Personally, I feel footage of two kids fighting (staged or not) is obscene. But my point, AGAIN, was never about the posting of the video to the website. My issue was that minors were identified. They may or may not have been involved. YOU DON’T KNOW. And, sorry, but kids get a pass. If you want to debate the importance of leaking a juvenile’s name, we can have that discussion later. But what the station and many other commenters did was ignore my concern. Here I am saying, wow, someone’s posted a video identifying two kids and I’m not okay with that. But it turned into statements like Girl Scouts get their pictures in the paper all the time. These kids need to be called out so they can be punished. It doesn’t matter because the video’s a fake. 

What the Tea Party does is barf out some ridiculous piece of rhetoric, generally that has nothing to do with anything, and then get mad when you won’t engage them. ANCHOR BABIES! PLANNED PARENTHOOD IS ABORTING FETUSES AT EIGHT MONTHS! OBAMA ISN’T AMERICAN! And then when you say, well, see, Obama is from America. Here’s some proof. They say, IT’S A FAKE! CONSPIRACY! IT’S OBVIOUSLY PHOTOSHOPPED! And you can’t argue, you can’t rationalize with someone who refuses to concede you’re even arguing the same subject.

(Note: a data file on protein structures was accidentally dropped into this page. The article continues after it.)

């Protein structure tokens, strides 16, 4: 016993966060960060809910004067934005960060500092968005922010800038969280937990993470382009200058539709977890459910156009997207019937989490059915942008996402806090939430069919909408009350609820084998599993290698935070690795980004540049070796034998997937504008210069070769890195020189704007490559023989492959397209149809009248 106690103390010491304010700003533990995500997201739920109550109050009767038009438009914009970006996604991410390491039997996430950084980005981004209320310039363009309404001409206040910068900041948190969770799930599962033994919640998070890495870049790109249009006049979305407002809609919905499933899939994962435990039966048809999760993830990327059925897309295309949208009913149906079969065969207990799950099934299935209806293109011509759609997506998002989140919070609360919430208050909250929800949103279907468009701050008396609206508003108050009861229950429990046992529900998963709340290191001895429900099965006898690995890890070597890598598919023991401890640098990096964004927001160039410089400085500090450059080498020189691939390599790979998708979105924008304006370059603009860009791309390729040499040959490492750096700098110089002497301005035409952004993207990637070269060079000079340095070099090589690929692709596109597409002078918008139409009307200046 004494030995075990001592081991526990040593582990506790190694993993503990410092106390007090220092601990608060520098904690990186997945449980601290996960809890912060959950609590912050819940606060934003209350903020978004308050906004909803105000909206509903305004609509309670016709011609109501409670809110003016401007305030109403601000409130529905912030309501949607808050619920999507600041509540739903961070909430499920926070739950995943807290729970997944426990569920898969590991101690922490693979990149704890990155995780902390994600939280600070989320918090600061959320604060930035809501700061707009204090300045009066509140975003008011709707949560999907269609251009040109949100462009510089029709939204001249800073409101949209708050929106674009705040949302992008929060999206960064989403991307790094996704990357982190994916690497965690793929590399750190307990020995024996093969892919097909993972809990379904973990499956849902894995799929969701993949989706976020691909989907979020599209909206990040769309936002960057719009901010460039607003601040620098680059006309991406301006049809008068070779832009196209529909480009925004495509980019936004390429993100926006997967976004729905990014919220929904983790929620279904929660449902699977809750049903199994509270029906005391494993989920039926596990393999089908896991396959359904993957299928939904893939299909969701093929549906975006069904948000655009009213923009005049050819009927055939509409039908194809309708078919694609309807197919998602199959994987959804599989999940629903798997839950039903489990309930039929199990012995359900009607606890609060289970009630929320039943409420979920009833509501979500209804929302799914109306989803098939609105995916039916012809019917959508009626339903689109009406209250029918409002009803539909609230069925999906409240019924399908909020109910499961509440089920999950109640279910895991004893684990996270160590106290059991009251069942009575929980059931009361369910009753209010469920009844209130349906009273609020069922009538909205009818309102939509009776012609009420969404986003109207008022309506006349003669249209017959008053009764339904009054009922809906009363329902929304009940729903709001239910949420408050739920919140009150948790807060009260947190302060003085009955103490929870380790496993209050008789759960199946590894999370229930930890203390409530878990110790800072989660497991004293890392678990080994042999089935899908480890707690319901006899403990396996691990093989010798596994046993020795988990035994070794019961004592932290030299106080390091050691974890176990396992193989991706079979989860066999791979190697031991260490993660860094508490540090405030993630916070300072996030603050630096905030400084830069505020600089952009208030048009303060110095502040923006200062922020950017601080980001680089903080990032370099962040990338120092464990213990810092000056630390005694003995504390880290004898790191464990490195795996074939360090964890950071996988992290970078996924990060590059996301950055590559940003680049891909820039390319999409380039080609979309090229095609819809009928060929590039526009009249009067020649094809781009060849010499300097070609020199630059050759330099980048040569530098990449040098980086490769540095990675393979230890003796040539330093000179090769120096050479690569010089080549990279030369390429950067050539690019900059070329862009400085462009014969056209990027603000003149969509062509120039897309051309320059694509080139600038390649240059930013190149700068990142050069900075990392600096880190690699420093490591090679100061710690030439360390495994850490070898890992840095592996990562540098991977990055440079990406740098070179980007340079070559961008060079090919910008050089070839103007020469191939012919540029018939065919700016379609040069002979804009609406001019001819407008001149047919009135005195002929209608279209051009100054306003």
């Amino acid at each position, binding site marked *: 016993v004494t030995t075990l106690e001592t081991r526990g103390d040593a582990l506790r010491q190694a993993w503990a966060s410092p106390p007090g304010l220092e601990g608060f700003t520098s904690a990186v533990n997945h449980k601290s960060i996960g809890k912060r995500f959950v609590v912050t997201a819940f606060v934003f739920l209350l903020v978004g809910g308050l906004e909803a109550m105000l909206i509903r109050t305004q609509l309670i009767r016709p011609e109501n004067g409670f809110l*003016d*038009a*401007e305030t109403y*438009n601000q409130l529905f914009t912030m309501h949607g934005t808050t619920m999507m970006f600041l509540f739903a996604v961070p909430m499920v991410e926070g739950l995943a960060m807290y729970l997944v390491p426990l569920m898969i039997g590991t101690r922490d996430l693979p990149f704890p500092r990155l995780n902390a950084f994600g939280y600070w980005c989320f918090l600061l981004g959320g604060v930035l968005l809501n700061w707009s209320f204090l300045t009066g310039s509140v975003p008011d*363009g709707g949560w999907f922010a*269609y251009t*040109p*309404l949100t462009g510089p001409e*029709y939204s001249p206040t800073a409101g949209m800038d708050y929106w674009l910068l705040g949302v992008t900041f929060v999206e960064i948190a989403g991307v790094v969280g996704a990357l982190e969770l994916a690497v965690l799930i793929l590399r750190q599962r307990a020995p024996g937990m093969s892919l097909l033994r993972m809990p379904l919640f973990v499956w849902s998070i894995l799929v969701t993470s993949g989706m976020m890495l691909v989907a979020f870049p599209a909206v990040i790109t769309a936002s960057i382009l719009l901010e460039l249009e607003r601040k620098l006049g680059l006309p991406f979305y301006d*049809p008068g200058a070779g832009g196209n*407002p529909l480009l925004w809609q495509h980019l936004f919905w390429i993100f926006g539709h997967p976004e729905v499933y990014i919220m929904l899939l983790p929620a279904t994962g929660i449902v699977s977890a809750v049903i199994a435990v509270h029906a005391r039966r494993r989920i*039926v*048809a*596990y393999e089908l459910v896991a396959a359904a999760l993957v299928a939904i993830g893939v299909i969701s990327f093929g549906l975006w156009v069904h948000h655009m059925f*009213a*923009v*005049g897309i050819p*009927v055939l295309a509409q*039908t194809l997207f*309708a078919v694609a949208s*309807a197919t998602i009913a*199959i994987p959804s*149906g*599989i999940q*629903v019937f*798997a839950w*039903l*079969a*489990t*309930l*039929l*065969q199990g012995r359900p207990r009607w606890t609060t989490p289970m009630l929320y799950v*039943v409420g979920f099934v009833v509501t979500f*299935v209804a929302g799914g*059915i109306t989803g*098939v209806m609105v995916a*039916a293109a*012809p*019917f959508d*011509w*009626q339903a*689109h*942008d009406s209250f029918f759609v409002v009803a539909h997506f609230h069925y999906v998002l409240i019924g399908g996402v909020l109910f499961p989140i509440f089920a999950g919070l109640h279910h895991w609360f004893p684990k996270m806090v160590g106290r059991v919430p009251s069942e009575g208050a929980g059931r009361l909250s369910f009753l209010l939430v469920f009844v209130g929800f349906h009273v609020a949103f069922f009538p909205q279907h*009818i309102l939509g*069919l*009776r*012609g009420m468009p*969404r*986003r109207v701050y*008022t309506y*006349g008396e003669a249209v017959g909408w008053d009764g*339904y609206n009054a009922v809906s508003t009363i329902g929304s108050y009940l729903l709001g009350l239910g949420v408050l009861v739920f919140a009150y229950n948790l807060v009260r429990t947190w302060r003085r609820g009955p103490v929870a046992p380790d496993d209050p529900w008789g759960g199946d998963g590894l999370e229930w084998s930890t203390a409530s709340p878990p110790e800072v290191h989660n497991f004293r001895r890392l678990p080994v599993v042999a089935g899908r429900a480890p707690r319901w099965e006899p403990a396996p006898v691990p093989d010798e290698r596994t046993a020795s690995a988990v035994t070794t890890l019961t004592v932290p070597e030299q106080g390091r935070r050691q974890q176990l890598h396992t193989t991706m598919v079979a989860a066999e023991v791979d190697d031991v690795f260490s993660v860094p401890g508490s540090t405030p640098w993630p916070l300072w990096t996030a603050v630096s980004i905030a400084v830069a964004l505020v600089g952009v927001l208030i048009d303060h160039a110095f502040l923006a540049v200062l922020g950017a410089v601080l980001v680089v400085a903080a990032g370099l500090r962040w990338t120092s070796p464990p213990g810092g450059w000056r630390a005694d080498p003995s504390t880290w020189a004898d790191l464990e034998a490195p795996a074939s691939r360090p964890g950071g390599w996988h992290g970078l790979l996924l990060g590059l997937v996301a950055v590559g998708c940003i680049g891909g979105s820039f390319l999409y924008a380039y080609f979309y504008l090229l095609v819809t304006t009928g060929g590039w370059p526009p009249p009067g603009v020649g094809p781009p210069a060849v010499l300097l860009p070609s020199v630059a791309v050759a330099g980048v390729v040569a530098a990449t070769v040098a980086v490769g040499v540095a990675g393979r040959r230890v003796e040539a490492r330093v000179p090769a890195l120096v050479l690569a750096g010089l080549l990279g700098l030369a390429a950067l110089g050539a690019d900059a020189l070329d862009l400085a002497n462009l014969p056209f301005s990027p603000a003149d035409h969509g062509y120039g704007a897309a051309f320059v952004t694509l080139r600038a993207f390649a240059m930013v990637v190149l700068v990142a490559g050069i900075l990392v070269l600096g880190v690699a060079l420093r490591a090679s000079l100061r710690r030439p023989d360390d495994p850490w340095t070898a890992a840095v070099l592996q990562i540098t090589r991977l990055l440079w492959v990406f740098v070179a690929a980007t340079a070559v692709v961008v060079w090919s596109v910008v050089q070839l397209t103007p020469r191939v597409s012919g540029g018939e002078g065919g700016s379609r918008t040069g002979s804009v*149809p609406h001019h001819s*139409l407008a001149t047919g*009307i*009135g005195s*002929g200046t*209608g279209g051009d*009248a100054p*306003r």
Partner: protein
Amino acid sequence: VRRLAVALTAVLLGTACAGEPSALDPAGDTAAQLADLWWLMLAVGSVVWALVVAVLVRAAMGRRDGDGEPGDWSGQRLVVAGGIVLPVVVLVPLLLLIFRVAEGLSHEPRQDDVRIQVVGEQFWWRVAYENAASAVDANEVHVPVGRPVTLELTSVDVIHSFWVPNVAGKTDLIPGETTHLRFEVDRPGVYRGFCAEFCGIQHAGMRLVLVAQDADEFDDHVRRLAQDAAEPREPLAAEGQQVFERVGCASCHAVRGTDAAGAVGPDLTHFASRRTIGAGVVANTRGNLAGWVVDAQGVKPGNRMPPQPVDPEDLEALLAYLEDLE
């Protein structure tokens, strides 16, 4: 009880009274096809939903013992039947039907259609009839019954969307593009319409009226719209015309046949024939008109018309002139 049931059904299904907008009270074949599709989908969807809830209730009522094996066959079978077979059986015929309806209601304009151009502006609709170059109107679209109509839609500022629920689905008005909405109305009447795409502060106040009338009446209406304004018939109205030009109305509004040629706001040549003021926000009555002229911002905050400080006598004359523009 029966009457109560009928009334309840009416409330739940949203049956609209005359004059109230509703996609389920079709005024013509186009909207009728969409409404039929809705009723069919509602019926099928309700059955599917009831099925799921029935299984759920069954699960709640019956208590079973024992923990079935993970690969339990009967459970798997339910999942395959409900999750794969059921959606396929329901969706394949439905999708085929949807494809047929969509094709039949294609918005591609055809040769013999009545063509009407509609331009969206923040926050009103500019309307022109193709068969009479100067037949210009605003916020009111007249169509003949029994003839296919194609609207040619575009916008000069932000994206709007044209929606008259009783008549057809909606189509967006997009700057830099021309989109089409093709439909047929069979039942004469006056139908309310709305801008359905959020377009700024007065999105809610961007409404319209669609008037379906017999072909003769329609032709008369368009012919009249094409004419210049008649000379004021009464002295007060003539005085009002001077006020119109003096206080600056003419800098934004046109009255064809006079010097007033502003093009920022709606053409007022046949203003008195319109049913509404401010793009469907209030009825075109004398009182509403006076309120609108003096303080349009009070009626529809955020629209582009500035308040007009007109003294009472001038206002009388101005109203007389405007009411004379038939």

I’ve been thinking about something called splitting. It’s a psychology term. Basically what it means is that a person will split the world into good and bad, black and white, with no middle. They can’t integrate good and bad into something approaching reality. Because reality is all shades of gray. And a lot of people who do this do so to protect their egos. So someone who splits may have this very intimate moment with another person, but he or she will then retreat into anger because the self could disappear and turn into the other.
It’s so easy to split the world into black and white. It’s so easy to dismiss someone’s point because you have–in your mind–an even more important point to make about something else. It’s easy to dismiss a point when it hits too close to home. And it’s easy to dismiss a point when it’s not yours. But directly responding to a point that no one ever made is really ridiculous. It shuts the other person down and makes it easy for the person doing the shutting-down to say, Ah. There you go. Not so smart now, are you, Mr. Smarty Pants?